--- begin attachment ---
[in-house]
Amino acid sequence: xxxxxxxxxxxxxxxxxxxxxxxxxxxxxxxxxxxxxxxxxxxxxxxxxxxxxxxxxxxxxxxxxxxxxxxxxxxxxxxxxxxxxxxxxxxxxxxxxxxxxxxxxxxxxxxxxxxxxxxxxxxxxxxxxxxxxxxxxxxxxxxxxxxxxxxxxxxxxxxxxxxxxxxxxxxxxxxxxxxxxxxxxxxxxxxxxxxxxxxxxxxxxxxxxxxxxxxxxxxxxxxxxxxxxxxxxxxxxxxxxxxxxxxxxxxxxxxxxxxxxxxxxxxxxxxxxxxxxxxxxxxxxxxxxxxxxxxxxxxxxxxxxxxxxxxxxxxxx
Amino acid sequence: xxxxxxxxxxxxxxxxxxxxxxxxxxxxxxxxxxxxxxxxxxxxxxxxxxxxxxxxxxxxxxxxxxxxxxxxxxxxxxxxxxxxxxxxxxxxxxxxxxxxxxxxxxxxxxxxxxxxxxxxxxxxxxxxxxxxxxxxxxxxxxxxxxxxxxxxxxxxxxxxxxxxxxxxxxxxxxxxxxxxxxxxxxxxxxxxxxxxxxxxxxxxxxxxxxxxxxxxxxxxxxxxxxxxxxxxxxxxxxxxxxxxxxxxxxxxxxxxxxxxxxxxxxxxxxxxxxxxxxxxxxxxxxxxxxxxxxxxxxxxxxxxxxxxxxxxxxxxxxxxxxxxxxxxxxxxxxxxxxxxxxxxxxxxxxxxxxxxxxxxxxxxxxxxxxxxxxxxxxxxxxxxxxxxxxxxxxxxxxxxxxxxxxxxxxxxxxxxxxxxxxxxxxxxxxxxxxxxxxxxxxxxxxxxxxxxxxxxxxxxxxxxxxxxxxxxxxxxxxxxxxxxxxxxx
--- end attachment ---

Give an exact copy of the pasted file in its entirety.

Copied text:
[in-house]
Amino acid sequence: xxxxxxxxxxxxxxxxxxxxxxxxxxxxxxxxxxxxxxxxxxxxxxxxxxxxxxxxxxxxxxxxxxxxxxxxxxxxxxxxxxxxxxxxxxxxxxxxxxxxxxxxxxxxxxxxxxxxxxxxxxxxxxxxxxxxxxxxxxxxxxxxxxxxxxxxxxxxxxxxxxxxxxxxxxxxxxxxxxxxxxxxxxxxxxxxxxxxxxxxxxxxxxxxxxxxxxxxxxxxxxxxxxxxxxxxxxxxxxxxxxxxxxxxxxxxxxxxxxxxxxxxxxxxxxxxxxxxxxxxxxxxxxxxxxxxxxxxxxxxxxxxxxxxxxxxxxxxx
Amino acid sequence: xxxxxxxxxxxxxxxxxxxxxxxxxxxxxxxxxxxxxxxxxxxxxxxxxxxxxxxxxxxxxxxxxxxxxxxxxxxxxxxxxxxxxxxxxxxxxxxxxxxxxxxxxxxxxxxxxxxxxxxxxxxxxxxxxxxxxxxxxxxxxxxxxxxxxxxxxxxxxxxxxxxxxxxxxxxxxxxxxxxxxxxxxxxxxxxxxxxxxxxxxxxxxxxxxxxxxxxxxxxxxxxxxxxxxxxxxxxxxxxxxxxxxxxxxxxxxxxxxxxxxxxxxxxxxxxxxxxxxxxxxxxxxxxxxxxxxxxxxxxxxxxxxxxxxxxxxxxxxxxxxxxxxxxxxxxxxxxxxxxxxxxxxxxxxxxxxxxxxxxxxxxxxxxxxxxxxxxxxxxxxxxxxxxxxxxxxxxxxxxxxxxxxxxxxxxxxxxxxxxxxxxxxxxxxxxxxxxxxxxxxxxxxxxxxxxxxxxxxxxxxxxxxxxxxxxxxxxxxxxxxxxxxxxxx